Tag Archives: apps

Do certain mobile apps violate the Computer Fraud and Abuse Act?

[This is a guest post by attorney Caroline Belich. Caroline is a Chicago native, former Michigan State volleyball player, and recent admitee to the California bar with particular interest in the First Amendment.]

According to the Wall Street Journal and other sources, federal prosecutors in New Jersey are investigating whether certain mobile applications for smartphones have illegally obtained or transmitted information about their users. Part of the criminal investigation is to determine whether these app makers made appropriate disclosures to users about how and why their personal information is being used. The app makers subpoenaed include the popular online music service Pandora.

Examples of information disclosed by these app makers may include a user’s age, gender, location, and also unique identifiers for the phone. The information may then passed on to third parties and advertising networks. The problem is that users may be unaware that their information is being accessed by a smartphone app because a maker failed to notify them.

As a result, this failure to notify may violate the Computer Fraud and Abuse Act (18 USC 1030). The CFAA is a federal statute that is often used against hackers. Applying this rationale here, federal prosecutors may argue that the app makers essentially hacked users cellphones.

However, some legal experts believe that criminal charges against the app makers are unlikely. Supporting this belief is the fact that many criminal charges against companies result in non-prosecution or deferred prosecution agreements in exchange for concessions of wrongdoing or monetary payments.

But while criminal charges are doubtful, civil lawsuits by users and causes of action brought by the Federal Trade Commission (FTC) may not be. First, consumers may sue app makers for failure to notify under privacy rights claims. Second, the FTC could allege unfair and deceptive trade practices by makers for failure to inform users how their personal information is being employed. Recently, Google settled with the FTC regarding its social network, Buzz, where allegations were made about violations of users’ privacy.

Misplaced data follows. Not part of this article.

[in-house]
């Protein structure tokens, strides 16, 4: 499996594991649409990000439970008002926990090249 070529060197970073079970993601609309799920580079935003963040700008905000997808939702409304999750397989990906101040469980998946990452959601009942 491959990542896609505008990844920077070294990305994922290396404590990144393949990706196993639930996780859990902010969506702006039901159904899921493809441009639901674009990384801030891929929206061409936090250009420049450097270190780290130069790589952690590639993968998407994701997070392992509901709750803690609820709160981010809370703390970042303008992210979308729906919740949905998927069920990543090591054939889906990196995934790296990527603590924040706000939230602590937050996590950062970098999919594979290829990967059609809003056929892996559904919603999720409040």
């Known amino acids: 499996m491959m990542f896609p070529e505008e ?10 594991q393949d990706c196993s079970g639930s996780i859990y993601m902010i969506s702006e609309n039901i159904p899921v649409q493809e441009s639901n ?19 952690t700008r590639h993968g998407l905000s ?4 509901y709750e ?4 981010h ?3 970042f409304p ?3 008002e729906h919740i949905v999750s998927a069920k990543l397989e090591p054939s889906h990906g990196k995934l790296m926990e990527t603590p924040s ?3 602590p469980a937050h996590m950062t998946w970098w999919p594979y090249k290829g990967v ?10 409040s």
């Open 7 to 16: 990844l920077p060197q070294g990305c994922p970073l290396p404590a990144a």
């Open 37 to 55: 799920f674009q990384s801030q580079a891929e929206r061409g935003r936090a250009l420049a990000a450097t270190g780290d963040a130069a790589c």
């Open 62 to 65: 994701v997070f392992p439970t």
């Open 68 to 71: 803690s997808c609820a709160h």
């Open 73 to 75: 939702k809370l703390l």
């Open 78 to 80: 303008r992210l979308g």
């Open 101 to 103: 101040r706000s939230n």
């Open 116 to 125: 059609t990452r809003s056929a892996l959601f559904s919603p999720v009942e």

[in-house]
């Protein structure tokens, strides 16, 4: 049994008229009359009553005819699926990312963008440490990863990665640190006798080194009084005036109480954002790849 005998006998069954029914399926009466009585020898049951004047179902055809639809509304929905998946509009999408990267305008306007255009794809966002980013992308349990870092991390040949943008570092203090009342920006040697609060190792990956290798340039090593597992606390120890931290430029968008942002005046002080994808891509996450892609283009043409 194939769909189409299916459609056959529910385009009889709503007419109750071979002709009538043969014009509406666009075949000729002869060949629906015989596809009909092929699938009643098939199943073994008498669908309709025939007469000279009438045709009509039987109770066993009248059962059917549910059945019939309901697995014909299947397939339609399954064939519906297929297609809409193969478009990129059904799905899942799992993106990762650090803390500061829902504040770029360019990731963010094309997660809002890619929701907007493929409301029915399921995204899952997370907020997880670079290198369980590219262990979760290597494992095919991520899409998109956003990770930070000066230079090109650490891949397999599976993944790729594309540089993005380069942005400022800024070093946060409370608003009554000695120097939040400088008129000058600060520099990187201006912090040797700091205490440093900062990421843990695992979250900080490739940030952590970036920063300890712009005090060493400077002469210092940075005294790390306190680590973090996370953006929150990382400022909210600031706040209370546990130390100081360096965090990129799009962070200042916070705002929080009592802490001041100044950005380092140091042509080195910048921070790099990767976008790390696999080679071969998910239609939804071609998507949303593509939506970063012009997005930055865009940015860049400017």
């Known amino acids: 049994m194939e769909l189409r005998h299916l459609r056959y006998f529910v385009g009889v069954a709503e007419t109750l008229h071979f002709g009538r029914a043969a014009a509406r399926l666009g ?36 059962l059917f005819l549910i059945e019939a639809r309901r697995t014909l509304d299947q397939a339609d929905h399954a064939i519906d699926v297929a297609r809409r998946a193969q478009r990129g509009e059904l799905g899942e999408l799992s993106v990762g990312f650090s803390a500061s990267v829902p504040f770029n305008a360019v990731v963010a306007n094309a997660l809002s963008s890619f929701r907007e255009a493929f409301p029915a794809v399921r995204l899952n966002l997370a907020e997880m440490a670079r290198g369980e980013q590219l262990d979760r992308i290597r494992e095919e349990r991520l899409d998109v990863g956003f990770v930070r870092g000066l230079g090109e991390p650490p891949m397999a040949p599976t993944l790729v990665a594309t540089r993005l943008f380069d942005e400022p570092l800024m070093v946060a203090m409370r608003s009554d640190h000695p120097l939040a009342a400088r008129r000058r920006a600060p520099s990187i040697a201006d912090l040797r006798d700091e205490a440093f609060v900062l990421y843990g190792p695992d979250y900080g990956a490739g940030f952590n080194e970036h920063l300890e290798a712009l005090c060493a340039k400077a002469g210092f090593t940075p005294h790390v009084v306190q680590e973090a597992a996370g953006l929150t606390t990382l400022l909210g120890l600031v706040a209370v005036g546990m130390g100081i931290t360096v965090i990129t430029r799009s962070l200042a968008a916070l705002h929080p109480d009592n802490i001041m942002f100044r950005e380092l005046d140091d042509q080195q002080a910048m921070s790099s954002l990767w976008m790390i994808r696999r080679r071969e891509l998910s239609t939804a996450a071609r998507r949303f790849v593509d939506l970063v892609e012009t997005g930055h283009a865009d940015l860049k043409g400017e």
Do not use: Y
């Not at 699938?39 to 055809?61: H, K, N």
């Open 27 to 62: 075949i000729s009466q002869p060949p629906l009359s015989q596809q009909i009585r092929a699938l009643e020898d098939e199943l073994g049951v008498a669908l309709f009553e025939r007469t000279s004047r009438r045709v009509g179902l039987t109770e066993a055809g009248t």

In light of the potential for privacy rights violations and deceptive trade practices, the FTC has advocated a “Do Not Track” option for web browsers and cellphone users, similar to the “Do Not Call” list for telemarketing. But app makers strongly oppose this idea, of course, for various reason. First, it could obstruct their ability to collect data about their users’ utilization of their product. Second, the option could frustrate financial opportunities with third parties seeking the invaluable consumer statistics. And the third justification is best depicted by Facebook’s privacy policy – while a user may be giving away his own information, he’s not giving away that of his friends… as long as his friends haven’t shared the info with “everyone.”

So even if these criminal investigations do not come to fruition, at least the possibility is making the public aware of their rights involving smartphone products so that industry standards may be created or laws requiring notification may be made.